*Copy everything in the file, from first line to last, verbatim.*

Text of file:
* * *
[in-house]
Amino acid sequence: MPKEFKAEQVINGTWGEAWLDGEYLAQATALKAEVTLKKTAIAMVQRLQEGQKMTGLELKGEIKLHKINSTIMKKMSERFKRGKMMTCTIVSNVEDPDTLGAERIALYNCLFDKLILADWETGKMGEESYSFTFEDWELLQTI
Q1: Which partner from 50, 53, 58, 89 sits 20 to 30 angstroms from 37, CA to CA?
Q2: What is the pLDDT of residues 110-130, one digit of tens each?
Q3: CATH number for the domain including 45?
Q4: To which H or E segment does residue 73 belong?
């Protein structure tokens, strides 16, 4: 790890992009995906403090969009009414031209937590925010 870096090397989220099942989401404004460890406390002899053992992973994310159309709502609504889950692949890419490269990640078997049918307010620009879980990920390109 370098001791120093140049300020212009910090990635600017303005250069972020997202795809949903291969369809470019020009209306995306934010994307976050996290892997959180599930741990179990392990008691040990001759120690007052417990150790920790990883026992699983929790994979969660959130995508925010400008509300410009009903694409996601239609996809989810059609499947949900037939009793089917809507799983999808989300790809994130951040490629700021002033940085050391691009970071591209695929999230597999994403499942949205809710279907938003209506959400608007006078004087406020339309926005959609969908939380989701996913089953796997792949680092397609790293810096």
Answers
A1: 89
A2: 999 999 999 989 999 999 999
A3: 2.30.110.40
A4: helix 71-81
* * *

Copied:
[in-house]
Amino acid sequence: MPKEFKAEQVINGTWGEAWLDGEYLAQATALKAEVTLKKTAIAMVQRLQEGQKMTGLELKGEIKLHKINSTIMKKMSERFKRGKMMTCTIVSNVEDPDTLGAERIALYNCLFDKLILADWETGKMGEESYSFTFEDWELLQTI
Q1: Which partner from 50, 53, 58, 89 sits 20 to 30 angstroms from 37, CA to CA?
Q2: What is the pLDDT of residues 110-130, one digit of tens each?
Q3: CATH number for the domain including 45?
Q4: To which H or E segment does residue 73 belong?
């Protein structure tokens, strides 16, 4: 790890992009995906403090969009009414031209937590925010 870096090397989220099942989401404004460890406390002899053992992973994310159309709502609504889950692949890419490269990640078997049918307010620009879980990920390109 370098001791120093140049300020212009910090990635600017303005250069972020997202795809949903291969369809470019020009209306995306934010994307976050996290892997959180599930741990179990392990008691040990001759120690007052417990150790920790990883026992699983929790994979969660959130995508925010400008509300410009009903694409996601239609996809989810059609499947949900037939009793089917809507799983999808989300790809994130951040490629700021002033940085050391691009970071591209695929999230597999994403499942949205809710279907938003209506959400608007006078004087406020339309926005959609969908939380989701996913089953796997792949680092397609790293810096």
Answers
A1: 89
A2: 999 999 999 989 999 999 999
A3: 2.30.110.40
A4: helix 71-81